This week we have a couple of key housing reports, an inflation report and a report on industrial production. Let’s jump right in.
Housing Market Index: Home builder optimism was up one point this month to come in at 60. There were gains in both present sales and expectations for future sales. Traffic coming through new homes is still weak. This is being blamed on a lack of first-time home buyers passing through. Turning to regional data, the Northeast is in contraction in terms of new housing developments. The West leads the way in gains, followed by the South. The Midwest is showing more moderate increases.
Consumer Price Index (CPI): Prices were flat in July and are at 0.8% on the year. There was very little movement in the key metrics. Prices were still up only 0.1% when food and energy were removed. Inflation is up 2.2% on the year when these categories are taken out of the equation. Some areas did show an uptick, with the cost of medical care up 0.5% and 4.0% on the year. Housing costs were up 0.3% and 2.4% annually.
Housing Starts: Starts were up 2.1% to come in at 1.211 million on a seasonally adjusted annual basis. Single-family home starts were up 0.5% in July while multifamily starts saw a 5.0% leap. The report was mixed, however, as permits were down 1,000 to 1.152 million. Single-family permits were down 3.7%. Multifamily permits were up 6.3%.
Industrial Production: It was a particularly strong month for industrial production in July as it was up 0.7%. Manufacturing was up 0.5% as part of this and the capacity utilization of factories was up 0.5% to 75.9%. Strong vehicle production numbers helped. There was a 0.6% gain in both consumer goods and business goods despite weakness in business investment. High-tech manufacturing also had a good month. Utility production was also up 2.1%, and mining was actually up 0.7%. Despite the jump, mining is still down 10.2% on the year.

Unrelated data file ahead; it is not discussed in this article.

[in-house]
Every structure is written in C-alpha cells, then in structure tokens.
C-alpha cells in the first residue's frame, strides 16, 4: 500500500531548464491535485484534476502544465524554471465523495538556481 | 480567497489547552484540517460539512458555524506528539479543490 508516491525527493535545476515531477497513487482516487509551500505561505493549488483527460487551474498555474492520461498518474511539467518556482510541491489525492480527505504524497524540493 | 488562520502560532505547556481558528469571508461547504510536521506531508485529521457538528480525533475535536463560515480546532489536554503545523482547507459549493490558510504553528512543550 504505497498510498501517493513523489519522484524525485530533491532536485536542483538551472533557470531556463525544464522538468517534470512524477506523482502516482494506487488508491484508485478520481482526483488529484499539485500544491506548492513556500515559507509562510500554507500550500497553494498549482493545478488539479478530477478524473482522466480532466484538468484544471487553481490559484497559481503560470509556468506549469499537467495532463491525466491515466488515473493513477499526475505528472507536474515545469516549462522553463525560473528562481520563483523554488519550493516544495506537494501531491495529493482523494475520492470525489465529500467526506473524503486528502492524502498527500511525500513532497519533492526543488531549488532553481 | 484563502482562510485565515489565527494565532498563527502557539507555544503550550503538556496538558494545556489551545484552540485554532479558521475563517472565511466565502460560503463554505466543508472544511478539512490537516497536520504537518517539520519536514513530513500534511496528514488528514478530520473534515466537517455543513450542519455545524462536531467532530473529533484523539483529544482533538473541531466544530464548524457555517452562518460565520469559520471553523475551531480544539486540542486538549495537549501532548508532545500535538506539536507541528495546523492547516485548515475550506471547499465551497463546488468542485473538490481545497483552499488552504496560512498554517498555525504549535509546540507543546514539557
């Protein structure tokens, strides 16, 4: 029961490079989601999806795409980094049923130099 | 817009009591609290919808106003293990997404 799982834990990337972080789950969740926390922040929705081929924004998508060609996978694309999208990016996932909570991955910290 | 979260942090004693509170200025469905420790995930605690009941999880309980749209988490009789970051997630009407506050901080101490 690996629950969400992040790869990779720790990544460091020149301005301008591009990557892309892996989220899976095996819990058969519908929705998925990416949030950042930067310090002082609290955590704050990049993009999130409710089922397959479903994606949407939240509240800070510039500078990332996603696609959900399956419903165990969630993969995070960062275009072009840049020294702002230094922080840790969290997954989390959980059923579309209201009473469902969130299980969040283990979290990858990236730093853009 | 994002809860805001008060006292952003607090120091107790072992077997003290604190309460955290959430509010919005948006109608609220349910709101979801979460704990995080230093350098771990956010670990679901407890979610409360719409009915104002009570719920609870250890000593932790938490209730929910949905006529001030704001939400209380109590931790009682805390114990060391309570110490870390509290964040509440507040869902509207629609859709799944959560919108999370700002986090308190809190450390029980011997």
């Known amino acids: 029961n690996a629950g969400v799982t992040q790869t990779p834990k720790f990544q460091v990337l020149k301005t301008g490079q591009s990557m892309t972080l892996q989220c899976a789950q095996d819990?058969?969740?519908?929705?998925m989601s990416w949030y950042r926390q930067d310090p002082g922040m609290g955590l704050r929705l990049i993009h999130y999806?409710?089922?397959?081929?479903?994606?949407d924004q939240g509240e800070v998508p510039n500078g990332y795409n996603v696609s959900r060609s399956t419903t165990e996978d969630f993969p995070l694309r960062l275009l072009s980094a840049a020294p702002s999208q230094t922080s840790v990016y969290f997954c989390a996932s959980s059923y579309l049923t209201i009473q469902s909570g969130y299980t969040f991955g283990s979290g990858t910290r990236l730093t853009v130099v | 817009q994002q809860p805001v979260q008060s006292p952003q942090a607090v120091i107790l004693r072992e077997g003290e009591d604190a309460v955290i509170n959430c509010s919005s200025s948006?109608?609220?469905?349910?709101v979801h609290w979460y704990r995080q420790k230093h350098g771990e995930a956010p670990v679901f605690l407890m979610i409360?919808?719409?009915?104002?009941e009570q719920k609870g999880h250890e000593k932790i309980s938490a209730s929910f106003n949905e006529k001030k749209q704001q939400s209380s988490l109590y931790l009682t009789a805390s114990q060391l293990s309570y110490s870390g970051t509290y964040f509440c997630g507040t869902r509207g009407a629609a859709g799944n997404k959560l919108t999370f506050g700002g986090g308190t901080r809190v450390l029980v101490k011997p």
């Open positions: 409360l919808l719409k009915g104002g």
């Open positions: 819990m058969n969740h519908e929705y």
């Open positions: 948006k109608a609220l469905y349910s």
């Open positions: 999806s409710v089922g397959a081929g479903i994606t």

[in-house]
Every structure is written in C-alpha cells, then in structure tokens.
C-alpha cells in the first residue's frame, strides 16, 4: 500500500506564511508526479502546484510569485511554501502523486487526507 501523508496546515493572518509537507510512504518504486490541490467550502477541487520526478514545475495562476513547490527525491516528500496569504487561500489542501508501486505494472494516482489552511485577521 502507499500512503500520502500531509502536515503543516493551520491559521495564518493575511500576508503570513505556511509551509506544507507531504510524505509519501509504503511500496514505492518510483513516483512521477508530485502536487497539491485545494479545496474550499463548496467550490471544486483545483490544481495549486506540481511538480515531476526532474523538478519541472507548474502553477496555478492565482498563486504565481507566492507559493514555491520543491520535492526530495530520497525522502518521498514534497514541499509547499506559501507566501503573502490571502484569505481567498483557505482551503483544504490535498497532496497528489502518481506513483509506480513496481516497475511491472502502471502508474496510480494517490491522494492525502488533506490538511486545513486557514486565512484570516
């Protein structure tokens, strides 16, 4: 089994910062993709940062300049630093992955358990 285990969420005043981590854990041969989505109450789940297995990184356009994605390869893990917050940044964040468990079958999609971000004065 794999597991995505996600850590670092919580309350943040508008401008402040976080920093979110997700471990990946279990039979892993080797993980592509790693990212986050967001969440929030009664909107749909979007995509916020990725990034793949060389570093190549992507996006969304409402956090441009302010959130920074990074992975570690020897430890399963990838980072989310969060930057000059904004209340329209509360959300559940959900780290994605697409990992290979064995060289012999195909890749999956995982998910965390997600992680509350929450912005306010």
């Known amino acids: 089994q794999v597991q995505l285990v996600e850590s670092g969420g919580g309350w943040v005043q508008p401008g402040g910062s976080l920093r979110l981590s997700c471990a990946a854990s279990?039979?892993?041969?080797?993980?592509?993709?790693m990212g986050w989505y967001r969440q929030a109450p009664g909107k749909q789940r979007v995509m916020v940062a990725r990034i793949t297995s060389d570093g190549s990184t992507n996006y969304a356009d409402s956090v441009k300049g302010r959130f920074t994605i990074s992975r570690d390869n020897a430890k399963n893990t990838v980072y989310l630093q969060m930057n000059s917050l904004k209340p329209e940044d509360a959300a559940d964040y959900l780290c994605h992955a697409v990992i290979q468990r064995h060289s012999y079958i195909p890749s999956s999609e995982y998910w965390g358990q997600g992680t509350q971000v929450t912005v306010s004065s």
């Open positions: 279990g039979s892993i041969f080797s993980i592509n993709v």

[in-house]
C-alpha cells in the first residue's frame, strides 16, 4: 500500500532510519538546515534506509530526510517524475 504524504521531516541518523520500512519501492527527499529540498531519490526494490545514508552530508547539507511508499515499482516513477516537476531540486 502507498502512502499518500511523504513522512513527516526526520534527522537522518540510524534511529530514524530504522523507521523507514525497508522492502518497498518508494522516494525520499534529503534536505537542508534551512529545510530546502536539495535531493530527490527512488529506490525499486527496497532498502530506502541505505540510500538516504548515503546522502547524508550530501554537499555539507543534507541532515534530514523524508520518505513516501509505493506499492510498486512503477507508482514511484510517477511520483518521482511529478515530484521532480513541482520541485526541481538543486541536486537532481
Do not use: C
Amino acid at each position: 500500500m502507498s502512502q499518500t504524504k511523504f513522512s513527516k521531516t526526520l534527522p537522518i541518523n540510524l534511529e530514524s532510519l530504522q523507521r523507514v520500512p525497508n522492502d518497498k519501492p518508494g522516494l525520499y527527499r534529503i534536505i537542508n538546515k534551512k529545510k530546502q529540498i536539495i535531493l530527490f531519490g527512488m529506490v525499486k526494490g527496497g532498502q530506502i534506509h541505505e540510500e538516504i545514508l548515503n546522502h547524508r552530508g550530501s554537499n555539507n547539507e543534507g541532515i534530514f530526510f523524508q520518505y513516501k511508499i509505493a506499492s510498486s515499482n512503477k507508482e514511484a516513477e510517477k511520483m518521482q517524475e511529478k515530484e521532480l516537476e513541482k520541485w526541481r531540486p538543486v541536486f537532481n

MBA Mortgage Applications: Despite the average rate and a 30-year fixed-rate mortgage being down one basis point to 3.64%, both purchase and refinance applications fell 4.0%. This led to a matching decline in overall applications last week.
Jobless Claims: Initial claims fell 4,000 last week to 262,000. This was a little mixed as the four-week average was up 2,500 to 265,250. Continuing claims were up 15,000 to 2.175 million, pushing the four-week average up 11,000 to 2.155 million.
Fixed mortgage rates were a little lower last week. For the last month or so, there hasn’t been much market movement. Rates remain extremely low, but markets move fast and that could change quickly. If you’re in the market, it’s a good time to lock your rate.
30-year fixed-rate mortgages (FRMs) averaged 3.43% with an average 0.5 point for the week ending Aug.18, 2016, down from last week when they averaged 3.45%. A year ago at this time, 30-year FRMs averaged 3.93%.
15-year FRMs this week averaged 2.74% with an average 0.5 point, down from last week when they averaged 2.76%. A year ago at this time, 15-year FRMs averaged 3.15%.
5-year Treasury-indexed hybrid adjustable rate mortgages (ARMs) averaged 2.76% this week with an average 0.4 point, up from last week when they averaged 2.74%. A year ago, 5-year ARMs averaged 2.94%.